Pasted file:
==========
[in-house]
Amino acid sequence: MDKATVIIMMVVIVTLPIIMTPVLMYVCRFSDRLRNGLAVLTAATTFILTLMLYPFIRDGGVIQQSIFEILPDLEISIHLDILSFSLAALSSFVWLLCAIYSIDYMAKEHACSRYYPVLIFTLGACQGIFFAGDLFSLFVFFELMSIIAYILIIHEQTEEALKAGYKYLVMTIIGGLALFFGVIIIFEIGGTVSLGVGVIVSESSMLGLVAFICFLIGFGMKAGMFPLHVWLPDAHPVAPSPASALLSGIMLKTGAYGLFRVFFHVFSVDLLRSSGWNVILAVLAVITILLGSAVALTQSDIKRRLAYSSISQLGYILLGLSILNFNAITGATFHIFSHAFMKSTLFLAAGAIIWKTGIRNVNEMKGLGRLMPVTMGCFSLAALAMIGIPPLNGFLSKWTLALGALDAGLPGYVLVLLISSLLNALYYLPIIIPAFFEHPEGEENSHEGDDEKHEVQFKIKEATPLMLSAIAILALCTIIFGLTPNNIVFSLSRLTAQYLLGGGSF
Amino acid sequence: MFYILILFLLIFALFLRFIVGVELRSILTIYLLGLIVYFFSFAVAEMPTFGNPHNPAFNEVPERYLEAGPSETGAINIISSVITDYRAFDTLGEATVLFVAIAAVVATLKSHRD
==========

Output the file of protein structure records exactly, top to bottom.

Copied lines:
[in-house]
Amino acid sequence: MDKATVIIMMVVIVTLPIIMTPVLMYVCRFSDRLRNGLAVLTAATTFILTLMLYPFIRDGGVIQQSIFEILPDLEISIHLDILSFSLAALSSFVWLLCAIYSIDYMAKEHACSRYYPVLIFTLGACQGIFFAGDLFSLFVFFELMSIIAYILIIHEQTEEALKAGYKYLVMTIIGGLALFFGVIIIFEIGGTVSLGVGVIVSESSMLGLVAFICFLIGFGMKAGMFPLHVWLPDAHPVAPSPASALLSGIMLKTGAYGLFRVFFHVFSVDLLRSSGWNVILAVLAVITILLGSAVALTQSDIKRRLAYSSISQLGYILLGLSILNFNAITGATFHIFSHAFMKSTLFLAAGAIIWKTGIRNVNEMKGLGRLMPVTMGCFSLAALAMIGIPPLNGFLSKWTLALGALDAGLPGYVLVLLISSLLNALYYLPIIIPAFFEHPEGEENSHEGDDEKHEVQFKIKEATPLMLSAIAILALCTIIFGLTPNNIVFSLSRLTAQYLLGGGSF
Amino acid sequence: MFYILILFLLIFALFLRFIVGVELRSILTIYLLGLIVYFFSFAVAEMPTFGNPHNPAFNEVPERYLEAGPSETGAINIISSVITDYRAFDTLGEATVLFVAIAAVVATLKSHRD